• Fees to purchase an ISBN, a Library of Congress Number (LCCN) and bar codes, for your self-published book.

 

 

 

Carol Topp,CPA, author of Business Tips and Taxes for Writers, specializes in tax preparation, small/micro business accounting, and nonprofit accounting. Through her writing, speaking and consulting, Carol converts tax rules and business language into clear, easy-to-understand English for readers. Her website is TaxesForWriters.com.

Should You Incorporate Your Business?

Should You Incorporate Your Business?

By Carol Topp, CPA

 

 

The most common business structure for authors is the sole proprietorship. A more complicated, but potentially beneficial business structure is the corporation. The main benefit of corporate business status is limited liability for the owners. The corporation offers a shield of protection so that the author’s personal assets are protected from business liabilities. Additionally, corporate status may offer some tax benefits for writers and publishers.

 

Corporations are desirable business structures for authors who form a publishing company, hire employees or do very well financially. (I consider “doing well financially” to mean earning at least $50,000 annually or enough to support your family. Your accountant may define it differently)

 

There are two types of corporations—S corporations and C corporations. An S corporation is named for a section of the tax code, but I like to think of the S as meaning small. S corporations have a limited number of shareholders (100), so indeed many of them are small corporations, but many times an S corporation has only one shareholder, the owner. On the other hand, C corporations can have an unlimited number of shareholders, are typically run by a board of directors, issue stock and distribute dividends.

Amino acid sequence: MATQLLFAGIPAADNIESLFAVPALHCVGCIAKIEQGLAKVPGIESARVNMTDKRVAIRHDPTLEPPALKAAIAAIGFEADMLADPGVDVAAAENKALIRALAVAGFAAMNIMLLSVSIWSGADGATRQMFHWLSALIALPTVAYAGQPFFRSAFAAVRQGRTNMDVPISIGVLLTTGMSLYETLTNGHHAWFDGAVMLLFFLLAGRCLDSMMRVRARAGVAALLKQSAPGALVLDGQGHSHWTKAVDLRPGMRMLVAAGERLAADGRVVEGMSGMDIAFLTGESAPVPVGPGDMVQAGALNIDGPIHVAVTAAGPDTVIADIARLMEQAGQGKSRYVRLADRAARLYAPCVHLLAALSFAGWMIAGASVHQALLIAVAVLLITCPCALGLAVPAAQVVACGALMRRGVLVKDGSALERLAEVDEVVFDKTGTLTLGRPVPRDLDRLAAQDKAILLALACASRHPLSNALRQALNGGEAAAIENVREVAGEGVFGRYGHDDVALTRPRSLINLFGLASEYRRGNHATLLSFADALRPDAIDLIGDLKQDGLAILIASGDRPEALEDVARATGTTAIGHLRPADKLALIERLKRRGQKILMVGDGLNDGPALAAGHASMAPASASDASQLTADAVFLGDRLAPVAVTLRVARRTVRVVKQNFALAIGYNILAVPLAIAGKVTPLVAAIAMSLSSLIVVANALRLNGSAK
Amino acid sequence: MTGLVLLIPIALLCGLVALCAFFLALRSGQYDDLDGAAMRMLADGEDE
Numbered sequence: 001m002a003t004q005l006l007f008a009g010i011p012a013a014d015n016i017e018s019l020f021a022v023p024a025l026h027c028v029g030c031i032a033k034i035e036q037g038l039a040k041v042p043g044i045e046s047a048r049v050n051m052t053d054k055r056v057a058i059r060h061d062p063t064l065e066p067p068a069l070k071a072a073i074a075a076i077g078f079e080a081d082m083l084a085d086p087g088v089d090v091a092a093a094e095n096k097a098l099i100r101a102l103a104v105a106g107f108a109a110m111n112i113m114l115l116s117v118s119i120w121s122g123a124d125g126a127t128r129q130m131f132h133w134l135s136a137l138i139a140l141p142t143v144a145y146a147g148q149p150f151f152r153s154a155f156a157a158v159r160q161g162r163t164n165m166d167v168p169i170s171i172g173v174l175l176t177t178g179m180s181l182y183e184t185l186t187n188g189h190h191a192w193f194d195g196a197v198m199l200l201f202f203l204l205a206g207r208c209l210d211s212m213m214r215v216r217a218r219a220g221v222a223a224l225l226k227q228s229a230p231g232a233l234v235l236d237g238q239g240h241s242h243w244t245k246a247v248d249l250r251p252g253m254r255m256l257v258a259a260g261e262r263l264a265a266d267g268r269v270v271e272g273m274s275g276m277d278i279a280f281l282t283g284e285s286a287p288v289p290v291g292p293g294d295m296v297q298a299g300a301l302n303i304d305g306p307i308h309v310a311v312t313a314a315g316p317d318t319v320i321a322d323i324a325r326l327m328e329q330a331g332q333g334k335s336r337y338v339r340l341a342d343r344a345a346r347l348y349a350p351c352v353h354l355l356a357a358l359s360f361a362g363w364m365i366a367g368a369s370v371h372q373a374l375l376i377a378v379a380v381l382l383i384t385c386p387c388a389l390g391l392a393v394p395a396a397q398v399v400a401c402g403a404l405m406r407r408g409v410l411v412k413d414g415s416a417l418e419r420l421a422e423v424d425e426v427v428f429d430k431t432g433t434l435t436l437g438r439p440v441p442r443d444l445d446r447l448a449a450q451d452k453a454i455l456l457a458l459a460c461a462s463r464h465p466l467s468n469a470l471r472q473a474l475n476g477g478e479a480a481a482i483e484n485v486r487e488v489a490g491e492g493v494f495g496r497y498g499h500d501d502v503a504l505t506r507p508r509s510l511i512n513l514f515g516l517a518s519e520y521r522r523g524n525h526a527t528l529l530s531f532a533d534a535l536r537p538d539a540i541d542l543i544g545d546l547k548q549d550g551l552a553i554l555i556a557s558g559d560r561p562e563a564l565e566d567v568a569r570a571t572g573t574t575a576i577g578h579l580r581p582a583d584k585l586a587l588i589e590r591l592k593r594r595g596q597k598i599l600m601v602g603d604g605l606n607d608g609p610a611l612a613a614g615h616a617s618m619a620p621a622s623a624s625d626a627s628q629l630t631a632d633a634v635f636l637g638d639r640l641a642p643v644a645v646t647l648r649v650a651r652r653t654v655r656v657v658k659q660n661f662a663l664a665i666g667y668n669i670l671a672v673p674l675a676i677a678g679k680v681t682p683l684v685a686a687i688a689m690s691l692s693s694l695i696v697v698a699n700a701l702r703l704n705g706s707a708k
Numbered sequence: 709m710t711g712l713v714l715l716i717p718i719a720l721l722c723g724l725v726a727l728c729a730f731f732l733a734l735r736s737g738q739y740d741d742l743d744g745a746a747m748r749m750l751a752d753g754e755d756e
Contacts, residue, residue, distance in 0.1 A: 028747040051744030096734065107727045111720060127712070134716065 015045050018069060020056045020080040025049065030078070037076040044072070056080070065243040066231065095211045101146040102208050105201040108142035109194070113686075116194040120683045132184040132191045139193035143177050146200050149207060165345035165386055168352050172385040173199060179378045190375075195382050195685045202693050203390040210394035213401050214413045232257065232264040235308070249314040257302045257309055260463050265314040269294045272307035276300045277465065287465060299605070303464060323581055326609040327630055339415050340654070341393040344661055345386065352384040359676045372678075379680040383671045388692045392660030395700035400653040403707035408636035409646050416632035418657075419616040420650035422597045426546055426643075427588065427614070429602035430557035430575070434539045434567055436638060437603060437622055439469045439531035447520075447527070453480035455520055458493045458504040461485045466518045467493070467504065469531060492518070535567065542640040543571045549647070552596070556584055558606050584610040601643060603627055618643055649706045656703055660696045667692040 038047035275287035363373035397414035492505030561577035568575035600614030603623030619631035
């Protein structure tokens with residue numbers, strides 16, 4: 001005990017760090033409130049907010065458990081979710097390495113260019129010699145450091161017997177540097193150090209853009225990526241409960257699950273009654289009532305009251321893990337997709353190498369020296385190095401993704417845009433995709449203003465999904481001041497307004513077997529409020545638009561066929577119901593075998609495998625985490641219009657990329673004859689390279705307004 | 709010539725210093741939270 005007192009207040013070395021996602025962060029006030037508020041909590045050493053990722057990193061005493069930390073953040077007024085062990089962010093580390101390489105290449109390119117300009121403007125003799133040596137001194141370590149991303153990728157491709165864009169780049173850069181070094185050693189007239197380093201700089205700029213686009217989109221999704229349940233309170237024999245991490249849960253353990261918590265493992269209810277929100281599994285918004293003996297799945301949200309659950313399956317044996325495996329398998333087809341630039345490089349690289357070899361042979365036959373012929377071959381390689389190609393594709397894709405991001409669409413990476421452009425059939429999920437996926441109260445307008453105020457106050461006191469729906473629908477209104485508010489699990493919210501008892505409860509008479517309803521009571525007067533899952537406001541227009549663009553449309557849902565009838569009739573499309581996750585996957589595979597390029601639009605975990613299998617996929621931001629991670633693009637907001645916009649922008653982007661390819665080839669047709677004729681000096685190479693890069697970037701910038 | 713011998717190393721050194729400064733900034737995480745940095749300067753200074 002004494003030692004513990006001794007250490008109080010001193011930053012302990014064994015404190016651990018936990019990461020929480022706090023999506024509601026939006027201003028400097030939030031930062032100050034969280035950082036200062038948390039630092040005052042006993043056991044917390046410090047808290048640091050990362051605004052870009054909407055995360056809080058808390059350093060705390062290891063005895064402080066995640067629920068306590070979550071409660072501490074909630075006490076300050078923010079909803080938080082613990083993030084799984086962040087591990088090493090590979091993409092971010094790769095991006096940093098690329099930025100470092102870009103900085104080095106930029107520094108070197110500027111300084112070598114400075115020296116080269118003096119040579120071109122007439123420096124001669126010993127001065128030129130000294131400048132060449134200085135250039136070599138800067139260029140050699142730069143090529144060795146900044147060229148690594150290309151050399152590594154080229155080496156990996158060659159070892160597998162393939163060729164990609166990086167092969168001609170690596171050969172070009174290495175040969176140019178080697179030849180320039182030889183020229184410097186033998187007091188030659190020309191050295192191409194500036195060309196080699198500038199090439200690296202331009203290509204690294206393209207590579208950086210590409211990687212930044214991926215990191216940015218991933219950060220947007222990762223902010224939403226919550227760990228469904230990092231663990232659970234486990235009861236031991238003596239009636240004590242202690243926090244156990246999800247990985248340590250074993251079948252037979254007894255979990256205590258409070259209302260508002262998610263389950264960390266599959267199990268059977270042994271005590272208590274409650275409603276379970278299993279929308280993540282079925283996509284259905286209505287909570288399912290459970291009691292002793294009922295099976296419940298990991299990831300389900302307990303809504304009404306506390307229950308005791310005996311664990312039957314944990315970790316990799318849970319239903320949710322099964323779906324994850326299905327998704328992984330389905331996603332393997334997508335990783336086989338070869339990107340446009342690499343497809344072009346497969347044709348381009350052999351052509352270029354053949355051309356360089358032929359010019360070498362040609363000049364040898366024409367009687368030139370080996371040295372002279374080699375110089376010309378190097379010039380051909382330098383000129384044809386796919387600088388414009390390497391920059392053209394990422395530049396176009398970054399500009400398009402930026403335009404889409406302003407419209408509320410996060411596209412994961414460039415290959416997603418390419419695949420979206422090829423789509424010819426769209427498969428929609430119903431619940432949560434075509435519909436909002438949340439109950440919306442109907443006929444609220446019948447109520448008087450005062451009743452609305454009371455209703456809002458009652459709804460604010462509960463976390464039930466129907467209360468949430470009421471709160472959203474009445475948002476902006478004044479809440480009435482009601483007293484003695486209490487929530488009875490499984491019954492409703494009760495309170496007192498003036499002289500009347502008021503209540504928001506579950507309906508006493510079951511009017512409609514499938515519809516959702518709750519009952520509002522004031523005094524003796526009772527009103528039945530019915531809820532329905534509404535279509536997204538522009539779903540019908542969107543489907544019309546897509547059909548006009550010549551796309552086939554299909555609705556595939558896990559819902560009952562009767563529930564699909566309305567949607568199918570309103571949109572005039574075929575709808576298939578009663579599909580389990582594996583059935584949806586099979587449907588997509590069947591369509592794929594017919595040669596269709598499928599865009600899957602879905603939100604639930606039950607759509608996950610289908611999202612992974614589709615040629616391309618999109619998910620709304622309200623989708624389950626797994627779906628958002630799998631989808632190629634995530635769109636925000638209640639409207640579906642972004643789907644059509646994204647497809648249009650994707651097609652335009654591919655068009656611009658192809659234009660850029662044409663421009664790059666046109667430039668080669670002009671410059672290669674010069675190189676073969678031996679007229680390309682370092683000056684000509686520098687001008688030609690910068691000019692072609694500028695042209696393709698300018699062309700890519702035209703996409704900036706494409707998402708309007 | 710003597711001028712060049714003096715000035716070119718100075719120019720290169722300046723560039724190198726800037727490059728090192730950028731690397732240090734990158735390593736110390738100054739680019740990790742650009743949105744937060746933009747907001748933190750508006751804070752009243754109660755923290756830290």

S Corporations

If you are considering corporate status for your writing or publishing business, start by learning about S corporations. They may be easier to establish, understand and manage than a C corporation. This is where a tax professional and attorney can be an important asset.

 

Taxes for S Corporations

S corporations, like partnerships, are “pass through” entities, meaning that all profit or loss is passed to the shareholders and reported on their personal tax returns. An S corporation files a tax return, Form 1120, and each individual shareholder reports their share of income on their own tax returns. The tax preparer for the corporation will issue each shareholder a Form called a K-1 to be used in their individual tax preparation. The tax preparation and record keeping for corporations is quite complicated and expensive.

Sometimes S corporations save on paying taxes, particularly self-employment tax, by taking some of the profit as wages for the owner and some as ordinary income from the business (called “distributions” by the IRS). This is very common with single member S corporation where there are no shareholders. Distributions from an S corporation are not subject to self-employment tax.

 

Example: Elaine ran her business as a sole proprietorship for many years. Last year she had net income of $50,000. Her tax adviser recommended that she form an S corporation. Elaine determines that she provides services worth $40,000 to her S corporation and takes a salary of $40,000. The remaining portion of $10,000 is from passive income sources and is considered a distribution, not wages. Elaine and the S corporation will pay Social Security and Medicare taxes on only $40,000, not the full $50,000.

 

When to Consider S Corporation Status

  • You wish limited liability to protect your personal assets